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other; that some might be upon gates, towers, or churches, if need be, to give notice to the watch below, upon any occasion, to prevent both enemy and fire.

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Orders, that if fire should happen either by wild-fire, or otherwise, to pre

vent the miseries thereof.

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THEN the bells, going backward, do give notice of fire; and that all officers and others must keep the streets or lanes ends, that the rude people may be kept from doing mischief, for sometimes they do more harm than the fire; and suffer none but the workers to come near, and all the streets, from the fire to the water, may have double rows or ranks of men on each side of the street, to hand empty pales, pots, or buckets, to the water, and to return full to the fire, by the other row or rank of people, on the same side of the street; so, as the streets afford, you may have divers ranks; and, by this order, water may be brought to quench it, or earth to choak it, and smother it, with that speed and plenty as need requires.

All those of higher or level ground should throw down water to run to the place where the fire is, and there to stop it, and others to sweep up the waters of kennels towards the fire. If water-pipes run through the streets, you may open one against the house that is on fire, and set another pipe in that upright, and, two or three feet lower than the height of ihe head of the same water, set in some gutter, trough, or pipe, unto the upright pipe, to convey the water to the fire; for, under the foresaid height, it will run itself from high ponds, or from Sir Hugh Middleton's water, or conduit-heads, or from the water-houses, without any other help, into the fire, as you will have it: You may keep great scoops or squirts of wood in houses; or, if you will, you may have in the parish a great squirt on wheels, that may do very good service.

Where wild-fire is, milk, urine, sand, earth, or dirt, will quench it; but any thing else, set on fire by that, will be quenched as before: If there be many houses standing together, and are indangered by a mighty fire, before it can be quenched or choaked with earth, then you may pull down the next house opposite to the wind, and then earth and rubbish being cast upon the fire, and round about it, will choak the violence of the fire, besides the water you may get to do the like. Also it is necessary that every parish should have hooks, ladders, squirts, buckets, and scoops, in readiness, upon any occasion.

0! the miseries of cities, towns, villages, and particular houses that have been burnt, where some could not recover their losses in thirty years after, and some never, which have been lamentable spectacles unto us, when many men, women, and children have been burnt in their houses ; and multitudes of people utterly undone, that saw all their wealth burned before their eyes. Besides, many have been hurt, many kihed, and many burned, that came but to help to queench the fires. What lamentable cries frightenings and amazements there were to all sorts of people, some sick, some in child-bed, and some great

with child, to the terror of them all: And all was through the miseries of fire, that came by carelesness and wilfulness.

Therefore let the very sight of fire and candle put us in mind to prevent the like miseries that have come by fire, both in London and the parts of England; for great winds may rise suddenly, and enemies furies may do mischief. To master the elements is either to increase or decrease any of them; for, as air makes fire increase, so earth will choak it, and water will quench it.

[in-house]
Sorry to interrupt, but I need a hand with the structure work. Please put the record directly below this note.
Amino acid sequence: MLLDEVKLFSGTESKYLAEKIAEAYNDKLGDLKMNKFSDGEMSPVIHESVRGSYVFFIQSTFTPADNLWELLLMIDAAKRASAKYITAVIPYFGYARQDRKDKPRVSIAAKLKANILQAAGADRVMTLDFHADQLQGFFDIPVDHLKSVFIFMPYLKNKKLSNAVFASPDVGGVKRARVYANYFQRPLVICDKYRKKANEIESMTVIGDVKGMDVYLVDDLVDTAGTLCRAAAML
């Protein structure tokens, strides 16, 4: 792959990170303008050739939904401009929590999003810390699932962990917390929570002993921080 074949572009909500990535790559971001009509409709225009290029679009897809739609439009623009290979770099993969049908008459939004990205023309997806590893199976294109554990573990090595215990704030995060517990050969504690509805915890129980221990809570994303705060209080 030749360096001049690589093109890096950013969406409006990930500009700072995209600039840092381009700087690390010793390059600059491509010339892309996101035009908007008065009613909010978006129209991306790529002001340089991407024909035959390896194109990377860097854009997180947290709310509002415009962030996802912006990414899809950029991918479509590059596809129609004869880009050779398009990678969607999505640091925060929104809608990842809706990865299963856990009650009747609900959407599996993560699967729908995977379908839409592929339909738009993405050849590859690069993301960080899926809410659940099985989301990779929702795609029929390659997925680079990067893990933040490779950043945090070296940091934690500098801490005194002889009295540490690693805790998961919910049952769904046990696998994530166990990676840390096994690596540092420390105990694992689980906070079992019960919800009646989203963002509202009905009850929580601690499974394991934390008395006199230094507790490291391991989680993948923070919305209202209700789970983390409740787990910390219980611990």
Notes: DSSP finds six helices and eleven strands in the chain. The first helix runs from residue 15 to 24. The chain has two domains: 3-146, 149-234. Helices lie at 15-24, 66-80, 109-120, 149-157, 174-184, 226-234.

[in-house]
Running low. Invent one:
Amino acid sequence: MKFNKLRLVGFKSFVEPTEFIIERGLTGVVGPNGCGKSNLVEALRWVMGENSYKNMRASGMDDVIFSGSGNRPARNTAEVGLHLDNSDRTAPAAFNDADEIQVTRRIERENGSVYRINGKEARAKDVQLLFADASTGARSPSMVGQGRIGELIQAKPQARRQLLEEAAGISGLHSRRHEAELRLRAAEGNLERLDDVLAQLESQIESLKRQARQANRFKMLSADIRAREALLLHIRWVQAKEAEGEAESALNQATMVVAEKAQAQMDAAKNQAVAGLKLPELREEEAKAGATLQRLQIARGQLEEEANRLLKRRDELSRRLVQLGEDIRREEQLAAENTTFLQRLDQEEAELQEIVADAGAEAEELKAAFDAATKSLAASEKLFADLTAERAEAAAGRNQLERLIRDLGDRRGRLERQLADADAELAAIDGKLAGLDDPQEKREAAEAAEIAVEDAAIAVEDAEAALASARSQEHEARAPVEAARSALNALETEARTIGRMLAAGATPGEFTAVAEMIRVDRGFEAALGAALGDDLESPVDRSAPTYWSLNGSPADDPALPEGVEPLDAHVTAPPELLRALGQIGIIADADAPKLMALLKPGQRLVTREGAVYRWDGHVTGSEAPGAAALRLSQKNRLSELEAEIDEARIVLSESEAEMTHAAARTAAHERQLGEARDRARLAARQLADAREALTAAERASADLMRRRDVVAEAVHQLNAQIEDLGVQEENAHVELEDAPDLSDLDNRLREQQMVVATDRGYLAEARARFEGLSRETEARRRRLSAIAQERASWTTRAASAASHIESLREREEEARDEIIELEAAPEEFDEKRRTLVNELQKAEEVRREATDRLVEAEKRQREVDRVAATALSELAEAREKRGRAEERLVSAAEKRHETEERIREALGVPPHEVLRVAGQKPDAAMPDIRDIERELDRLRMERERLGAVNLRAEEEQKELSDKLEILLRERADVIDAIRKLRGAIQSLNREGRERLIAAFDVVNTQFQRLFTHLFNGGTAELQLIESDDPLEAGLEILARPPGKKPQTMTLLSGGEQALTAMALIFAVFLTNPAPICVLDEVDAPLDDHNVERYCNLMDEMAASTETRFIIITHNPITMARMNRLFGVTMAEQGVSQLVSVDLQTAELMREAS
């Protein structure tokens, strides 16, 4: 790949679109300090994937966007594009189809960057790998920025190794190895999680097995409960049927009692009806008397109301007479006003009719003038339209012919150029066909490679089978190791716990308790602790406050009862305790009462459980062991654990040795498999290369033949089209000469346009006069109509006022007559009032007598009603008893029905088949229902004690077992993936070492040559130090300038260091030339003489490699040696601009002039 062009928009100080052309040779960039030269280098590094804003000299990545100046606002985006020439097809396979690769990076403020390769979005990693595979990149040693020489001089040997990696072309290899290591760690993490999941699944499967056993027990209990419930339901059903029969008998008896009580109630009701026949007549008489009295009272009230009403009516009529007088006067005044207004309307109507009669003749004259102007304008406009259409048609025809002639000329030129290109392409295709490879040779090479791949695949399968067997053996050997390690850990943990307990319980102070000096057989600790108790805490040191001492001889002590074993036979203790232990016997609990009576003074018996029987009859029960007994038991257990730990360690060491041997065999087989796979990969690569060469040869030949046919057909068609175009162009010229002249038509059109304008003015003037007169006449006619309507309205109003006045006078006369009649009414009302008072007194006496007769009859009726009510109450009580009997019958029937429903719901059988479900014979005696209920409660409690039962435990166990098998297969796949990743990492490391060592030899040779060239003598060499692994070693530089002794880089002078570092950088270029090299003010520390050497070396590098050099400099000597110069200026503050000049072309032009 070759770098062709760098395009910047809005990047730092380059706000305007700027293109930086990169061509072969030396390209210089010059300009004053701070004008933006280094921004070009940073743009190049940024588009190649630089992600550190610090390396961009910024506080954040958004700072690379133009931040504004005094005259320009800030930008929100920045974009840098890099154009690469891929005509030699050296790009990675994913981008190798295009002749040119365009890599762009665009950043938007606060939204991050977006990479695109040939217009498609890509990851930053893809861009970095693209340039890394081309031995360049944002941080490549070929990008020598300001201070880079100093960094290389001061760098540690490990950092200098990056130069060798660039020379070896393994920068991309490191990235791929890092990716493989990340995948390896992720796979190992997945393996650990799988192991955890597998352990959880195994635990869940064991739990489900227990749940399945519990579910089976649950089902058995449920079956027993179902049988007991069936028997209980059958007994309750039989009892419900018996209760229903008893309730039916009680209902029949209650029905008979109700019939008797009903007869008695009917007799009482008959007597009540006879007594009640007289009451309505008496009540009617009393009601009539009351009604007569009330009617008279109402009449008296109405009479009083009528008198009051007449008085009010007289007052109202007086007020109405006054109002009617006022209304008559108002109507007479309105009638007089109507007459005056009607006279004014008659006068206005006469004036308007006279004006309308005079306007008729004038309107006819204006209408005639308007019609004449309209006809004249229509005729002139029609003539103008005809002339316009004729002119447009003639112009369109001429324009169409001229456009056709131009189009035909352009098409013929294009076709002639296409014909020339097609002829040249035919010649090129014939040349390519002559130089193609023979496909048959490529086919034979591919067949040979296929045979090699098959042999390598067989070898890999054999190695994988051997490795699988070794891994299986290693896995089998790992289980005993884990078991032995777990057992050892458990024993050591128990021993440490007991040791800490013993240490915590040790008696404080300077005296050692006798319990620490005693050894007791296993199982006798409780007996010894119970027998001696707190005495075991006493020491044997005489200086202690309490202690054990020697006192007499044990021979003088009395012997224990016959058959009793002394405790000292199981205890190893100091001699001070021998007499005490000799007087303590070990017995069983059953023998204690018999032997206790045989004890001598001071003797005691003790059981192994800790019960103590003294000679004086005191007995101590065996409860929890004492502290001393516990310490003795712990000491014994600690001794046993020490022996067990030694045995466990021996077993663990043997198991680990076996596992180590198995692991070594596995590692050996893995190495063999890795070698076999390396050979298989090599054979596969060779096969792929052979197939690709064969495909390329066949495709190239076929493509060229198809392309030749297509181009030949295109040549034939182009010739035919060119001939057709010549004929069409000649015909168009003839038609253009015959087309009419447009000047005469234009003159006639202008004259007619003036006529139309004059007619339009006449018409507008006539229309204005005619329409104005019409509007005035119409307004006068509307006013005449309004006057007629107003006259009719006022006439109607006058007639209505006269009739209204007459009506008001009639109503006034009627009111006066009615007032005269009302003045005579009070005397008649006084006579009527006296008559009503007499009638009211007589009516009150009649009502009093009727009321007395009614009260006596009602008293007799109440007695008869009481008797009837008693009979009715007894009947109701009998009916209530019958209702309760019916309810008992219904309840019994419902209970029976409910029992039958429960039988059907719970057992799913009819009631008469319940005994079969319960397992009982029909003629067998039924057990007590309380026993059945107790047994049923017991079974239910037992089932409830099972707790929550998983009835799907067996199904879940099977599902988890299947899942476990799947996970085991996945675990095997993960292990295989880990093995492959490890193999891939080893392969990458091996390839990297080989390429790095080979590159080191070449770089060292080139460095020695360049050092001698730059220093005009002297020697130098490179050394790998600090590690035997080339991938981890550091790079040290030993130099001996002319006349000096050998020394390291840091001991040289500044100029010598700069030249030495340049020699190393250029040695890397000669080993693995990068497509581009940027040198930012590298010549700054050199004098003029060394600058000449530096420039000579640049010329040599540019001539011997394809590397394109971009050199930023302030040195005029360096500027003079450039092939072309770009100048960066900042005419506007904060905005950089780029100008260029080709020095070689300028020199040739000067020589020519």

Preventions of fires would save the often collections of money in all churches in England; all which is for the profit and safety of the commonwealth. As good order and care prevent our fear of fire, so a good life prevents the ways to sin. And, if every one mend one, then all will be mended. The Lord commandeth us to have care of our neighbours goods, Deut. xxii. For the love of our neighbour fulfilleth the law, Rom. xiii.







London, printed for W. R. in the year 1643. Quarto, containing eighty-four pages.

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support it; yet there can be no such commonwealth, but, amongst the good, there will be some evil persons: These, whether by nature induced, or through envy and ambition, to the intent to satisfy their appetites, persuaded, do oftentimes enter into actions repugnant unto the felicity of good government and commonwealths, and, by evil causers and perverse deeds, do secretly, and underhand, seek to hasten and set forward the ruin and decay of the same: These things, because they happen contrary, and beyond expectation, are so much the more remarkable, by how much they are sudden and unexpected. And from hence it cometh, that no state of government can be said to be permanent, but that oftentimes those, said to be good, are by little and little converted unto those that be evil, and oftentimes changed from worse to worse, till they come to utter desolation.

Neither is this alone proper to our commonwealth, but to all; nor to foreign, kingdoms, but to our own: For, although his majesty, at his coming to the crown, found us vexed with many defensive wars, as that in Ireland, that in the Low Countries, and almost publick againt Spain, auxiliary in France, and continually in military employments; although he found it lacerated and torn, with divers- factions of protes tants, papists, and others, from amongst whom sprung some evil men, that endeavoured to set into combustion the whole state ; yet, nevertheless, he established a peace, both honourable, and profitable, with all neighbour princes, and, by relation, through all Europe; so that neither our friends, nor our enemies, might be either feared or suspected.

After this general peace was concluded, and the working heads of divers papists were confined to a certain course of life, that is, peace: they now petition for toleration, for releases of vexation, to have liberty of conscience; and, forsooth, because they cannot have these things amongst them, they contrive a most horrible and devilish plot by gunpowder, to blow up the parliament, even the whole state and command of this kingdom, and so, at one puff, to conclude all this peace, and by that means to procure an unruly and unseemly avarice of this settled government; and this not so much to establish their own religion, for which they pretended it, but to establish their own power and preheminence, and to raise some private families to greatness and dignity, that so, faction being nourished, and that jurisdiction established, they might with great facility suppress whom they please, and support their own state. Thus may we see, that settled governments do cherish in themselves their own destruction, and their own subjects are oftentimes the cause of their own ruin, unless God of his mercy prevent it.

Of the domestick affairs, and of the lascivious course of such on whom the